Feb 01, 2007Radio frequency identification technology is a valuable tool for tracking livestock, but the button-size RFID tags stapled into animals' ears can fall off, and glass-encased RFID tags injected into skin can migrate deeper into the body and become unreadable. Somark Innovations, a St. Louis biotech startup, thinks it has a better solution: a permanent ink tattoo that relies on radio frequency waves to read and render unique identification numbers.
The chipless and antenna-less asset identification and tracking system uses biocompatible, translucent ink that can be tattooed onto livestock, pets, laboratory animals and even food, such as meat or fruit. The tattoo is applied using a micro-needle, which is actually a geometric array of many tiny needles, and each tattoo is made up of a unique pattern.
"The tattoo is applied at the same layer of skin as you'd do if you went to get a tattoo that says 'I Love Mom,'" says Ramos Mays, who developed the technology and cofounded the company with Mark Pydynowski.
Somark is developing a proprietary RF reader that operates at a very high frequency to scan the tattoo. (The company says it cannot divulge more details because it is awaiting patent approvals.) The reader, which can discern numerous tattoos simultaneously from several feet away, translates the pattern into a unique ID number that can be associated in a database with a specific animal or asset.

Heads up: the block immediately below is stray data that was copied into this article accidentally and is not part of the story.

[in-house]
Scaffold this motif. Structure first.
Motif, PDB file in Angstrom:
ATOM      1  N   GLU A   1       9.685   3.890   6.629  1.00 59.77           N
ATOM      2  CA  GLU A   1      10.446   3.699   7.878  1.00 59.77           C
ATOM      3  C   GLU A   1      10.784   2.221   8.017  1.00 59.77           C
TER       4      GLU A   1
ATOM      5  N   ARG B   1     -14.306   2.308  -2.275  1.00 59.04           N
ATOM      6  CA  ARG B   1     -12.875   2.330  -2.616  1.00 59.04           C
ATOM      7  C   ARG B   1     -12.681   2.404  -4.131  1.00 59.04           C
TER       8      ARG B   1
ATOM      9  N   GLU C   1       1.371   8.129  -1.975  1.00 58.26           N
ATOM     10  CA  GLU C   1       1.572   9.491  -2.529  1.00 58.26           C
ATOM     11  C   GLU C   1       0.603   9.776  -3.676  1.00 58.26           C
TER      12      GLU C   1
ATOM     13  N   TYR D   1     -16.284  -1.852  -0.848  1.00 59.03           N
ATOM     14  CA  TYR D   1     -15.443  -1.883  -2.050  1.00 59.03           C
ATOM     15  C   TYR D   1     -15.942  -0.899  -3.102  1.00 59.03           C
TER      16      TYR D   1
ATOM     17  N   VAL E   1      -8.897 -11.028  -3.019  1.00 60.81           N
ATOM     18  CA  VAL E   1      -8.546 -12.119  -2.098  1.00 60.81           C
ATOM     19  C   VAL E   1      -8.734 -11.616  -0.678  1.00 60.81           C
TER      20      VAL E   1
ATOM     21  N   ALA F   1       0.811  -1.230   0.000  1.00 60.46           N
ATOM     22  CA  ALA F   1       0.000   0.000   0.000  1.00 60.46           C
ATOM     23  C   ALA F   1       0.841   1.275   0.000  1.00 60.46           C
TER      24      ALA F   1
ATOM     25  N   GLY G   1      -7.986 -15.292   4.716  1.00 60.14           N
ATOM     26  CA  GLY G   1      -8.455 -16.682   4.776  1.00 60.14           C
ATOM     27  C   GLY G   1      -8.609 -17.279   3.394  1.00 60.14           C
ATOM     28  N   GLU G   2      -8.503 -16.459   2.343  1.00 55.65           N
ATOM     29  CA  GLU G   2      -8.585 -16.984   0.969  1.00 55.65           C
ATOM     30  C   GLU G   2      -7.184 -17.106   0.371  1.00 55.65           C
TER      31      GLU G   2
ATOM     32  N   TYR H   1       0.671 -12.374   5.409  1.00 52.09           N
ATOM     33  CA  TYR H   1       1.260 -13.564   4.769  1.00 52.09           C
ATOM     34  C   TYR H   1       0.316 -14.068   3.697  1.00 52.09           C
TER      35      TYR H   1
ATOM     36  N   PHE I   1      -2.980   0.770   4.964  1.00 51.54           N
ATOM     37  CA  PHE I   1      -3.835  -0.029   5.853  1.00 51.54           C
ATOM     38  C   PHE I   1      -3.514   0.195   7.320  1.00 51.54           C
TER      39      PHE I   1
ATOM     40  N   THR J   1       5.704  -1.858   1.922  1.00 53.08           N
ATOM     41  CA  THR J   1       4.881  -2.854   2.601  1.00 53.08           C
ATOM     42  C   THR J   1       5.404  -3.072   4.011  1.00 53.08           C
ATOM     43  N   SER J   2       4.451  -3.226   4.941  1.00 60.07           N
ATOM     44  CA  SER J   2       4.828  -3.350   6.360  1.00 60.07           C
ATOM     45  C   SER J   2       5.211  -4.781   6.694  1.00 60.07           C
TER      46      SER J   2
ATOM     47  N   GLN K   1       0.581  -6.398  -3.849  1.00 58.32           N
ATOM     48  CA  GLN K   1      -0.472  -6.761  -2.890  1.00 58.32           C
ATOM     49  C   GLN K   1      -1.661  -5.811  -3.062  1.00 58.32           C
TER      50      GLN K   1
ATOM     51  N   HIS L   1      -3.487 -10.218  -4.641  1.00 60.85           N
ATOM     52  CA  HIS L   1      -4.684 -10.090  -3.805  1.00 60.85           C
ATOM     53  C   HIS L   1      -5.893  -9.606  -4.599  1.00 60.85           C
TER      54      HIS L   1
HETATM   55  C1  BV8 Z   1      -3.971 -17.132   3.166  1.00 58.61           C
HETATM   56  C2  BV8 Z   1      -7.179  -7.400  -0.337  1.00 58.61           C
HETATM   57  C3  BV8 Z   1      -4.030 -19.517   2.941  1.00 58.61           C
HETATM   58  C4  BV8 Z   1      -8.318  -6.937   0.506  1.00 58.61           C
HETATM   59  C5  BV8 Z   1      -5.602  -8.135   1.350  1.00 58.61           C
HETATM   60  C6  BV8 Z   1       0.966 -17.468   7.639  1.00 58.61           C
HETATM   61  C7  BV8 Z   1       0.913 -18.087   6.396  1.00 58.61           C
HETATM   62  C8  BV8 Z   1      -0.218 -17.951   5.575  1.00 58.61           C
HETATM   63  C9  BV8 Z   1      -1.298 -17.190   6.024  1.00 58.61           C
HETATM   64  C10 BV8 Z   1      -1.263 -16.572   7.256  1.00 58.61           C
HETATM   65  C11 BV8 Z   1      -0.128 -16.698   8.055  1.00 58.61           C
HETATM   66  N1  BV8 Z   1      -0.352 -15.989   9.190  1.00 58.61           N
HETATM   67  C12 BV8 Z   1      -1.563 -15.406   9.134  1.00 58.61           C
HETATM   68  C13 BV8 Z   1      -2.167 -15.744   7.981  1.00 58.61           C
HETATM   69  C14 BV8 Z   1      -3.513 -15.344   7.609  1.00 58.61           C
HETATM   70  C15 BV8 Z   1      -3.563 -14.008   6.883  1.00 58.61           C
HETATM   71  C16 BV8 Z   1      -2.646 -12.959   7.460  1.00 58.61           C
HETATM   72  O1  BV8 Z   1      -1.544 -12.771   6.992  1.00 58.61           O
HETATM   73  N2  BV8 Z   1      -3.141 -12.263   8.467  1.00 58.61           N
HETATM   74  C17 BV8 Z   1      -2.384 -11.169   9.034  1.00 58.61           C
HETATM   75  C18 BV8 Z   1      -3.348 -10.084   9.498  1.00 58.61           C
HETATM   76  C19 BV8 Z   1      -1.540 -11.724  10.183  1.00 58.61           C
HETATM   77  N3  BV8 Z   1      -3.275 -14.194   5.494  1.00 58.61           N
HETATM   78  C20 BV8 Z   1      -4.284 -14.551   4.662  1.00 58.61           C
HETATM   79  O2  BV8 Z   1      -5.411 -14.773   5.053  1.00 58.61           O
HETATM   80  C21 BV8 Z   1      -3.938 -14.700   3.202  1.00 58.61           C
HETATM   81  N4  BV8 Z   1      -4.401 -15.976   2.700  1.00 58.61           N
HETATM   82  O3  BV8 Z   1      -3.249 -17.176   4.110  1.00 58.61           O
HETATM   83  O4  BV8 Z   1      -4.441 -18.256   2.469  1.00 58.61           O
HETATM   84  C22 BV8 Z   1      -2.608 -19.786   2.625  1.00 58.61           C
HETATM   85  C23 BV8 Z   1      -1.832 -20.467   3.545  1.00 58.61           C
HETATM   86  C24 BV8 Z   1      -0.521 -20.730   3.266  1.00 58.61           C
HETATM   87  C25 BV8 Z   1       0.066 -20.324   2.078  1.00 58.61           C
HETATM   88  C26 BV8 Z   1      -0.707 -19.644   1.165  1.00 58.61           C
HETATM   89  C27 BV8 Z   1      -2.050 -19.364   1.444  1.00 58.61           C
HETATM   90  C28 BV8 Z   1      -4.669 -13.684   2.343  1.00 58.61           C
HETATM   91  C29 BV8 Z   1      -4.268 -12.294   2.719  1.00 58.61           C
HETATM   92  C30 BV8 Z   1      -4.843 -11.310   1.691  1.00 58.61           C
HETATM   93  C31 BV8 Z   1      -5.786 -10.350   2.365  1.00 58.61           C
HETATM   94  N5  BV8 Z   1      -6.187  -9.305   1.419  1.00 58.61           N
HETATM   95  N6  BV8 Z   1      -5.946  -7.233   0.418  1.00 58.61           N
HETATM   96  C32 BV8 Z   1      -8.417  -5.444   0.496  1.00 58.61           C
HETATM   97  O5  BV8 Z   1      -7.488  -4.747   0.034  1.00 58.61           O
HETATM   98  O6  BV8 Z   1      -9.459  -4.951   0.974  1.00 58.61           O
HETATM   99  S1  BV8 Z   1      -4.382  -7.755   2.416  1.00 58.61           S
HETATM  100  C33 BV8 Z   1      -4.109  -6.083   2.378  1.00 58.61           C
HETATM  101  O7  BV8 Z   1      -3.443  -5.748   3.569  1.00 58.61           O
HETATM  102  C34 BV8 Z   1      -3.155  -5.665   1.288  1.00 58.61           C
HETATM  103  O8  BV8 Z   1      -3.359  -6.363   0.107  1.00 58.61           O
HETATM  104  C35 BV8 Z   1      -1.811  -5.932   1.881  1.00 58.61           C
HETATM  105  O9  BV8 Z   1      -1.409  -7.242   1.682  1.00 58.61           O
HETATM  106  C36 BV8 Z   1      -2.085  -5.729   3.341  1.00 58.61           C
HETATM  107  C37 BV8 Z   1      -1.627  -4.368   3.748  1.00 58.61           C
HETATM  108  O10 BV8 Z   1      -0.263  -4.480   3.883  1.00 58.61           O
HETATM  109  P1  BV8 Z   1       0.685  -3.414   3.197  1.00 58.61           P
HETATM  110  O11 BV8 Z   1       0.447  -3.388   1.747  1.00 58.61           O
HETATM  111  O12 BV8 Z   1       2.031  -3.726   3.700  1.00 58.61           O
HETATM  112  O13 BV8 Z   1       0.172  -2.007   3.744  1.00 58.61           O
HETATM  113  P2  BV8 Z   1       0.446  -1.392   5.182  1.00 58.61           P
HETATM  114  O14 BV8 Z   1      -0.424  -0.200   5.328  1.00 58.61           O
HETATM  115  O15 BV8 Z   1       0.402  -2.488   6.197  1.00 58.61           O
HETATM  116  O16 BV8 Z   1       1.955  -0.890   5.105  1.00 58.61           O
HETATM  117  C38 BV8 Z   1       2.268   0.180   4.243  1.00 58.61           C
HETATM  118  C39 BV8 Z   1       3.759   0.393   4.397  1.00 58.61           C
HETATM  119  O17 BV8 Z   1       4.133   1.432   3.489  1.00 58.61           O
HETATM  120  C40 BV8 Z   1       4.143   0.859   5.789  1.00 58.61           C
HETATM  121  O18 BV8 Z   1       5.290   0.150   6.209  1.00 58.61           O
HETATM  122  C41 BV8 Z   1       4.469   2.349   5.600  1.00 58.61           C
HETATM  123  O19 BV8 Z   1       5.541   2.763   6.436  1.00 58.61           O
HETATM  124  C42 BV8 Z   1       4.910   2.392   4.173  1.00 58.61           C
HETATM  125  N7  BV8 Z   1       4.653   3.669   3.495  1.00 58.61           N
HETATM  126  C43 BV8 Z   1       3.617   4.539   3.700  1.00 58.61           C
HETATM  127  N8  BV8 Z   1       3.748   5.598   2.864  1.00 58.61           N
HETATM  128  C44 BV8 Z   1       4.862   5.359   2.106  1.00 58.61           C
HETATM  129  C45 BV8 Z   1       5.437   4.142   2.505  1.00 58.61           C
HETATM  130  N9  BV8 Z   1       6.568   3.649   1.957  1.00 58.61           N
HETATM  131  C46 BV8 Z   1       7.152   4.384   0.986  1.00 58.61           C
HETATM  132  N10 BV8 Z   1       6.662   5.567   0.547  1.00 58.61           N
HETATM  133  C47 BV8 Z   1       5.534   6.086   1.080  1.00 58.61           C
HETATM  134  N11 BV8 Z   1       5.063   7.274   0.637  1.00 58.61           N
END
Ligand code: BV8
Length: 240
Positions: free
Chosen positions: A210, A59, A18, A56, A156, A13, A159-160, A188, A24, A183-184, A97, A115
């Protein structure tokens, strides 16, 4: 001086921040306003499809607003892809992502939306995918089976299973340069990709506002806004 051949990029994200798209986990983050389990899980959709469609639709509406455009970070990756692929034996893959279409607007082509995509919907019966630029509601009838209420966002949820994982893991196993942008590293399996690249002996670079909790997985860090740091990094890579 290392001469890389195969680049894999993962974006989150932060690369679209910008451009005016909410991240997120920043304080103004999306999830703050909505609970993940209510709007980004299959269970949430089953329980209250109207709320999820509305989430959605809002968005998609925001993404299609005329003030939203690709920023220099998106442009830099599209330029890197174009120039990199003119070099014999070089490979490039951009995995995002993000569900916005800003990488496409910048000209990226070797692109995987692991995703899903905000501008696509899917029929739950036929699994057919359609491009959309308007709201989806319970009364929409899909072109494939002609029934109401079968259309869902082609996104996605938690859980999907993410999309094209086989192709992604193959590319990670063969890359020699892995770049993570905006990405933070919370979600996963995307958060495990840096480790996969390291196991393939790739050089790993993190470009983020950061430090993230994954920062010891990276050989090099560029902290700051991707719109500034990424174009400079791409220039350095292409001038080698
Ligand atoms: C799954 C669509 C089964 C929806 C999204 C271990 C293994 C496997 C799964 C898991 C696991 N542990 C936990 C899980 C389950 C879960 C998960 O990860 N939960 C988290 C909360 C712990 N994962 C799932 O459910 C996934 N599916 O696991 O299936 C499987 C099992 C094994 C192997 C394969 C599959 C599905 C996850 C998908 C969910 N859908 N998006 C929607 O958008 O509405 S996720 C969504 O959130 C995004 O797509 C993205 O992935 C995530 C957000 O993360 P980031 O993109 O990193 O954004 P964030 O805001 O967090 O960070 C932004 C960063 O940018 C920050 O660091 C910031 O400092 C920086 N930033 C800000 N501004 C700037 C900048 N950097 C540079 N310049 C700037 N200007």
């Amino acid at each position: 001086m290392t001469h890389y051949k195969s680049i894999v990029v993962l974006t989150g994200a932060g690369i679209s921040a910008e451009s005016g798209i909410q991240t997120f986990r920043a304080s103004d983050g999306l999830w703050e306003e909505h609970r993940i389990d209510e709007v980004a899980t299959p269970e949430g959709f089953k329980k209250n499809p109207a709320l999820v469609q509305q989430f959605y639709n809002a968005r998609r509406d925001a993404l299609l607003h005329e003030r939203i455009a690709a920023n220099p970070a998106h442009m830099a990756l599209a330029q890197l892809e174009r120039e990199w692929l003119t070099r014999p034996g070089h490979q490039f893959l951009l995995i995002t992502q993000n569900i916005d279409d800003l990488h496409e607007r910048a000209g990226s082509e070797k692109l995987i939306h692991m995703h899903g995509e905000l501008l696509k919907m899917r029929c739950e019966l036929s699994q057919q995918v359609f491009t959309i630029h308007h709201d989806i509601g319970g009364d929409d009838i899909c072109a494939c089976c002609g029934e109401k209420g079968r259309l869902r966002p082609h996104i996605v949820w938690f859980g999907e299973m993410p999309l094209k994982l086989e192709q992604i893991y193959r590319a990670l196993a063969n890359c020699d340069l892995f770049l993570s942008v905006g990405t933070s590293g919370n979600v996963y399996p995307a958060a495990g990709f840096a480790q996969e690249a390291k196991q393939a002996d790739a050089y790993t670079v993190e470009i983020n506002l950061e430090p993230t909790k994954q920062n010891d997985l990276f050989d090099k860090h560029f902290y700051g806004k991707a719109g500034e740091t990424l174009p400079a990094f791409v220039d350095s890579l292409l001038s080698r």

Mays says his identification and tracking system should be less expensive than tagging livestock, though the company hasn't set a price yet. "Anytime you start making a chip with circuits, the device complexity goes up, and that is directly proportional to cost," he says. "But if you think about our raw materials, it's ink, and ink is inexpensive. We have a tremendous cost advantage."
Mays, who grew up on a farm in southwest Missouri, says the RFID tattoo will also solve some of the problems currently associated with RFID tags used to track livestock. There can be thousands of cattle on a single farm, and each cow has to move through RFID-enabled gates to ensure accurate reads of the tags. "The RFID tags don't operate well enough to work at the speed of commerce," says Mays. "If you miss one, you have to stop a 600- or 800-pound cow and turn it around."
Once an animal is tattooed, the ID is permanent. Somark has performed toxicology tests on the tattoos and says the ink is chemically inert. Pydynowski says the tattoo is harmless, whether it's inked onto skin or ingested. Mays, who has run his finger through the ink and ingested it, says, "It's fine. I'm fine."
Somark received some initial seed money and is now in the middle of a Series A equity financing round. Pydynowski says there has been a lot of interest in licensing the technology, and the company hopes to begin pilots in the near future.